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How to Build a Resume That Stands Out Visually To Help Your Teen Land Their First Job

Creating a captivating resume that sparkles bright enough to catch an employer's attention is an art on its own terms.


With the ramp up pressure kids experience at school and the need to sign up to too many extracurricular activities, it’s no surprise how the number of teens employed have been declining over the past decades.
There are many benefits (and risks) of adolescent employment. The decision to allow your teen to have an after school job should be a well thought-out family decision based on how well they can manage responsibilities, time management and money.


But if your teen is ready to take the plunge the first thing they need to figure out is how to build a resume that stands out even if they don’t have any work experience.


But where to start? How do can you create a snapshot of your ambitions, show your strengths and interests and captive an employers attention?
This is the part Canvas comes in and rescues the day. If you are unfamiliar Canvas, this is a graphic-design t…

Establish a Healthy Back-To-School Sleep Schedule with Tips from Dr Sujay Kansagra and Mattress Firm

Fewer ZZZs Could Lead to More F’s

Does back to school mean back to bedtime struggles at your house? According to Mattress Firm and pediatric neurologist Sujay Kansagra, director of Duke University’s Pediatric Neurology Sleep Medicine Program and author of My Child Won’t Sleep, if any of these phrases sound familiar, you may be unknowingly sabotaging your child’s sleep – and school success – at bedtime.   

1.     Tomorrow is a school day – bedtime is an hour earlier!” Right before the first night of school, parents often move up bedtime by an hour or more. Children need longer to adjust to a new sleep routine. Move your child’s bedtime up by 15 minutes per day in the days – or weeks – leading up to the start of school, until you reach your school-year bedtime.

2.     You can watch one cartoon before lights out.” While watching TV might seem like a good way to let your child wind down, artificial light from smart phones, laptops and TVs trick the brain into thinking it is still day time, making it harder to fall asleep. End screen time at least one hour before bed.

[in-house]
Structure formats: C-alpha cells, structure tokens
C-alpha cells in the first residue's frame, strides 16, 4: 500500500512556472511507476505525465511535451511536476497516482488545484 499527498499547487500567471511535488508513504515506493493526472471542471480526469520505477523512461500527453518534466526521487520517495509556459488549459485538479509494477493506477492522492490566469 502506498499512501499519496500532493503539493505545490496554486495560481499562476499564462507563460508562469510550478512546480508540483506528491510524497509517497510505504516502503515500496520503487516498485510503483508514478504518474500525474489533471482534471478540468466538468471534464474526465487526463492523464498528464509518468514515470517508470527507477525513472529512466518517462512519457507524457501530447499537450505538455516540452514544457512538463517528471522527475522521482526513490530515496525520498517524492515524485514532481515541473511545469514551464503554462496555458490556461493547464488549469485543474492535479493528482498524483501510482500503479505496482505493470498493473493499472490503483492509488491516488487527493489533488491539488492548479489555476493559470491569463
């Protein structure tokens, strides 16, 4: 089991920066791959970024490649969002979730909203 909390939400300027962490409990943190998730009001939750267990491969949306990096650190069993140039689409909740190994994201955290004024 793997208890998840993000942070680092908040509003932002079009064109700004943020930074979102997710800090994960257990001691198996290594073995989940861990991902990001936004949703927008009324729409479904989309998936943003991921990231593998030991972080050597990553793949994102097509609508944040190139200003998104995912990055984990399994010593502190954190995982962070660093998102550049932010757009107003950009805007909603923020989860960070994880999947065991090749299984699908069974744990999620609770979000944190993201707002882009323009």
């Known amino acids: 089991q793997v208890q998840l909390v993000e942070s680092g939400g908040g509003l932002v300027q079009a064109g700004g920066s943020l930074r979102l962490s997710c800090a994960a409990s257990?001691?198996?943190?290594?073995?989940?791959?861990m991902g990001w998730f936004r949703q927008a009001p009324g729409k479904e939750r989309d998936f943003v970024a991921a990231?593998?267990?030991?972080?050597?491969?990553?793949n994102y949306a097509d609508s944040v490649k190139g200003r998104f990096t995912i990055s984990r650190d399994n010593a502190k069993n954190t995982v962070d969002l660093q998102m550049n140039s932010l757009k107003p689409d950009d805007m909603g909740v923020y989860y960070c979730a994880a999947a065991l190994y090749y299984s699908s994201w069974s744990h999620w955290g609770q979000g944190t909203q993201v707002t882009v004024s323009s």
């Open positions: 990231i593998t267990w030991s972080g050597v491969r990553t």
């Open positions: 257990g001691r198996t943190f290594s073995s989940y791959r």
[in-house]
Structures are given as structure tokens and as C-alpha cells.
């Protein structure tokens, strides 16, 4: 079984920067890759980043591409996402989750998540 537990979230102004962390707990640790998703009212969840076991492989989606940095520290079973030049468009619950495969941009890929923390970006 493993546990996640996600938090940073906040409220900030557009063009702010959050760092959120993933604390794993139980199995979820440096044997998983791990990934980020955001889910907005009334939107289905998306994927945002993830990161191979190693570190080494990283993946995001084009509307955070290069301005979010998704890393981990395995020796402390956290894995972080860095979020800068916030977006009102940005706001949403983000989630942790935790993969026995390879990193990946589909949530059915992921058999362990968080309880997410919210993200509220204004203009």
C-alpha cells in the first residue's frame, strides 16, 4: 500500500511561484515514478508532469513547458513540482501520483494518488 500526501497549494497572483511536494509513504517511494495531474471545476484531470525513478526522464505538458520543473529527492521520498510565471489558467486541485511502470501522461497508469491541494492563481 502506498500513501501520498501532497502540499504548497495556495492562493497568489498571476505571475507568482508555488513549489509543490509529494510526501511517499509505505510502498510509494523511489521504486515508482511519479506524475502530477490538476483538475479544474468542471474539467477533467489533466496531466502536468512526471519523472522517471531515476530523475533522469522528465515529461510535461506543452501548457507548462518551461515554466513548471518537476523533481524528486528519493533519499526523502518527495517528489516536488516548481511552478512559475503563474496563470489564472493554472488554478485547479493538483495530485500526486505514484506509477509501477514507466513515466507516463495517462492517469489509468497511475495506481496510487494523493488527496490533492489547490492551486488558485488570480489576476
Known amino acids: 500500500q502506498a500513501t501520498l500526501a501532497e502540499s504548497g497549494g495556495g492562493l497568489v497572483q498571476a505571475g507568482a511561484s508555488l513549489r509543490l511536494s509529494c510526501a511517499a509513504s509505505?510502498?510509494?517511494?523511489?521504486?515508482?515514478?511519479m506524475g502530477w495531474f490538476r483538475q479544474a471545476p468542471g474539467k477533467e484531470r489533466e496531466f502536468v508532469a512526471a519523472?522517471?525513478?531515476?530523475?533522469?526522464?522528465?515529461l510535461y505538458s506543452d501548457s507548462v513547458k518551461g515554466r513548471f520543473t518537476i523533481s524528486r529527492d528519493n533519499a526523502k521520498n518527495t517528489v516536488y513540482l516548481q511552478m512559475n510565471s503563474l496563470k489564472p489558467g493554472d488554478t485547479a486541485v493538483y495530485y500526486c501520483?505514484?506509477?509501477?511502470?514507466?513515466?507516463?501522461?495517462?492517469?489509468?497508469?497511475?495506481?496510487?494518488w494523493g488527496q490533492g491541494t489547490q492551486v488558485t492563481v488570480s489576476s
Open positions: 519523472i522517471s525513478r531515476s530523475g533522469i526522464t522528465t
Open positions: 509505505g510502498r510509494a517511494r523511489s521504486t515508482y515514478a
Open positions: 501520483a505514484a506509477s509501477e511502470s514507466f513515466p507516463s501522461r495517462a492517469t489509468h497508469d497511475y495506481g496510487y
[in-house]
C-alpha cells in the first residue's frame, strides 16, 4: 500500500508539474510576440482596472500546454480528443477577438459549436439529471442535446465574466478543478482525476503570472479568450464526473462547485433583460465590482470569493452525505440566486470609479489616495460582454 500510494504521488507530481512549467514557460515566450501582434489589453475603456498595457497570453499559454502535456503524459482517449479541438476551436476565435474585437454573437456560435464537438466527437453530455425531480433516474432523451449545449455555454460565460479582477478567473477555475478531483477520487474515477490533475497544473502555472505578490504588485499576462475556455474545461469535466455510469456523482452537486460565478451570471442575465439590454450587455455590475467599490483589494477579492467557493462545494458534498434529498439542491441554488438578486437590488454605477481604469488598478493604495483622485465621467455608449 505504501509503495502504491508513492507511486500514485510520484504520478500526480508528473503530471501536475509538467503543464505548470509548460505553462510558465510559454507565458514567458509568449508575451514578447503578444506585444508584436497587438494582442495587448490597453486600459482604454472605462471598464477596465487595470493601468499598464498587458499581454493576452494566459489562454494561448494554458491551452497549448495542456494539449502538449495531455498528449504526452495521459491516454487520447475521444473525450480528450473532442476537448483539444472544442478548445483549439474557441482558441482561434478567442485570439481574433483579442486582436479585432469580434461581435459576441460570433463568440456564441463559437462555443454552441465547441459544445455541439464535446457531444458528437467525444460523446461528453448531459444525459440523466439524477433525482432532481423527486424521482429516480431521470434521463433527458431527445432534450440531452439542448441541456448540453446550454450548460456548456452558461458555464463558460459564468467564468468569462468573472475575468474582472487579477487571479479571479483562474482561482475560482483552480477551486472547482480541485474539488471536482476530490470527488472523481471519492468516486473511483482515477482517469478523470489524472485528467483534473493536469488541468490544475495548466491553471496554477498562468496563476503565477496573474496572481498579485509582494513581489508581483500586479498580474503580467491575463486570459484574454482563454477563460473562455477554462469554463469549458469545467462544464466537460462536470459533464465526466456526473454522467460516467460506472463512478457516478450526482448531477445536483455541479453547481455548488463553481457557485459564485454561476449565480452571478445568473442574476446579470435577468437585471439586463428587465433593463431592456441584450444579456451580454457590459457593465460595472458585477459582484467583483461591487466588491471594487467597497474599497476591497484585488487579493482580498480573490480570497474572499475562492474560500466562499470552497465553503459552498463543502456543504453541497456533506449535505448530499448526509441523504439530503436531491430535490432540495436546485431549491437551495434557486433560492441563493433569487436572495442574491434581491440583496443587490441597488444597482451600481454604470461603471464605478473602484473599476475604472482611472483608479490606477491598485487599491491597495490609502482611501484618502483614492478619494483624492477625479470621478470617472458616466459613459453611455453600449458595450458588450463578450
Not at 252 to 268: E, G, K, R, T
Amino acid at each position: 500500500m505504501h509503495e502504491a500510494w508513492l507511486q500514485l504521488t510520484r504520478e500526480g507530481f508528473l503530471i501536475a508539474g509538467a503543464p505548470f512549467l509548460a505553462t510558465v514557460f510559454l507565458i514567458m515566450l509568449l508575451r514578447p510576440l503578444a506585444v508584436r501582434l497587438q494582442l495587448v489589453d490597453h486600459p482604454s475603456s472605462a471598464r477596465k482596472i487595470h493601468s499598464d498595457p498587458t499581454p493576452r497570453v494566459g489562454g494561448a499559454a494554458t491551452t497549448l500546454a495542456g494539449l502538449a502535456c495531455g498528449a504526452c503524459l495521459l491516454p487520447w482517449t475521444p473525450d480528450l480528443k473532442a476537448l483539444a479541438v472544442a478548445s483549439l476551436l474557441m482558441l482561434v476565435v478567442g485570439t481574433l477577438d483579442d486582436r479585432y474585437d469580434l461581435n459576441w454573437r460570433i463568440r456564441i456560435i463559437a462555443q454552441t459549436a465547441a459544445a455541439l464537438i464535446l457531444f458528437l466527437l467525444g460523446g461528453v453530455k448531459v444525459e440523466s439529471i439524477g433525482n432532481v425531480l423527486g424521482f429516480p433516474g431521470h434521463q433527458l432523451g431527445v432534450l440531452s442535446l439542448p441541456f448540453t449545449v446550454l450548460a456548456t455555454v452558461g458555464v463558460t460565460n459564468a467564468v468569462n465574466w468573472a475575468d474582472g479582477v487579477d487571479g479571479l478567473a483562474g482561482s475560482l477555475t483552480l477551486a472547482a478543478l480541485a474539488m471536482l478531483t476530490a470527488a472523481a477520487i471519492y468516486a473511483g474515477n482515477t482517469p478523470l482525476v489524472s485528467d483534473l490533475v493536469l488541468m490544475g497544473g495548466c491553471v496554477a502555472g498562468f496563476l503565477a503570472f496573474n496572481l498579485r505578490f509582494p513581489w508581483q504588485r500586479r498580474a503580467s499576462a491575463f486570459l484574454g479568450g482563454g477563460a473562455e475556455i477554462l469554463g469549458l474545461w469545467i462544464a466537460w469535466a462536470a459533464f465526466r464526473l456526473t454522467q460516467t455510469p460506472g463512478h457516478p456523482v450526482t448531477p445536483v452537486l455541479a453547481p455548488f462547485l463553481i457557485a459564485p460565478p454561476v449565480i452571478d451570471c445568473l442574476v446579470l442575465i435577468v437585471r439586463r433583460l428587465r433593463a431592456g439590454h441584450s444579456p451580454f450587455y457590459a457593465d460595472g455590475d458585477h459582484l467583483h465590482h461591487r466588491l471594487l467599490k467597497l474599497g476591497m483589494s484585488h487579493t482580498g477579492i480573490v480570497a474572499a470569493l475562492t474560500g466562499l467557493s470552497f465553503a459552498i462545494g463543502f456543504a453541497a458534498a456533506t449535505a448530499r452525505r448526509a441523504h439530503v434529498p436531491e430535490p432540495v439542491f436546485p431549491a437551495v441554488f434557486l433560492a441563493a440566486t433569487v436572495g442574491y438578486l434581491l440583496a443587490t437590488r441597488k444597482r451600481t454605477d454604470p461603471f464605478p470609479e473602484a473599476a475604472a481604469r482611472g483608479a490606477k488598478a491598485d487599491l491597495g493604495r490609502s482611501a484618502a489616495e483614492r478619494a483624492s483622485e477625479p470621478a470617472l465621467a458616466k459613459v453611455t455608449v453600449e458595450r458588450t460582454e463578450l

3.     No soda after dinner!” No soda after dinner is a good place to start, but even morning caffeine can disrupt nighttime sleep. Children and adolescents should avoid caffeinated drinks.

4.     “You need to stay in and finish your summer reading.” If your family put off that reading list until the last week of summer, don’t let binge-reading cut out your child’s outside time. Exposure to bright light in the morning can help maintain a healthy sleep/wake schedule.

5.     “Wake up, sleepy head! Tried everything and your child is still sleepy when the alarm goes off? Check out his mattress and room.
  • Is the room too light? Install blackout curtains to block out that late-summer evening sun.
  • Is your child still sleeping on the same mattress he’s had since he was in diapers? Mattress Firm recommends replacing your mattress every eight years,as your bed collects a buildup of sweat, dead skin and dust mites over time.
  • Is his mattress too firm or too soft? Just like adults, children have preferences for firmer or softer mattresses, and the wrong mattress can make a child toss and turn. Let your child test different bedding at a Mattress Firm store to know what’s most comfortable for him.


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